Press Statement by the Civil Society Internet Governance Caucus on Censorship (SOPA/PIPA/IGR)
We have made a decision to join the black out in protest of the arbitrary censorship of the internet which violates people’s rights to responsibly use the internet. We note with increasing concern the the various censorship mechanisms around the world including but not limited to India’s Intermediary Guideline Rules (IGR) nor the United States of America’s Stop Online Piracy Act (SOPA)and Protect IP Act (PIPA).
Any country’s censorship mechanisms affect ordinary internet users all over the world.
We note that Article 19 of the International Covenant on Civil and Political Rights (ICCPR) and urge governments who have ratified the ICCPR to abide by their commitments. Whilst freedom of expression has limitations, these limitations are on the verge of being extended to accommodate assault on freedom of expression and the openness of the internet.
Whilst the exception has been provided for it does not mean that it can be abused. For jurisdictions which have legitimate governments where people can truly have their say in the laws that their legislators dish out or choose their representatives to Parliament or Congress, it is critical that even more so, civil society is seen to make a stand.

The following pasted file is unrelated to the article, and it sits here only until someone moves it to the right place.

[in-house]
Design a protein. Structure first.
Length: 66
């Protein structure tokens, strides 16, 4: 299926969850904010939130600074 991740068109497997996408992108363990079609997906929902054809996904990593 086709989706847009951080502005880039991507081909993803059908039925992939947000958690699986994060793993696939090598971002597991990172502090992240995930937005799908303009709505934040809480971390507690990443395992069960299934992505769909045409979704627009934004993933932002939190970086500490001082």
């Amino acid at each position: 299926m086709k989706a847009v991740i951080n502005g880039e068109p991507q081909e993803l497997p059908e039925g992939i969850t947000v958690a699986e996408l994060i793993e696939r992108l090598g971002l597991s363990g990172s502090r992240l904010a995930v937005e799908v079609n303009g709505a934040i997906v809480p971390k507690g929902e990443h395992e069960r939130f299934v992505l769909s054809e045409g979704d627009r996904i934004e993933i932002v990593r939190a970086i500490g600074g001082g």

We have observed with great concern threats to freedom of expression on countries such as Republique Democratique du Congo, China and Syria.
We have watched with joy as Burma continues to relax its censorship of online content. Countries can mature in aspects of freedom of expression and it takes awareness, outreach and dialogue. For a country like the USA to pass SOPA or PIPA as law at the expense of freedom of expression is a realisation that the assault on freedom of expression does not know borders. We stand with civil society organisations in the United States of America and abroad who are collectively raising their voice against the SOPA and PIPA.
We urge all stakeholders of internet governance to encourage dialogue to help governments, members of the private sector and civil society to engage in dialogue to discuss how we can preserve the openness of the internet.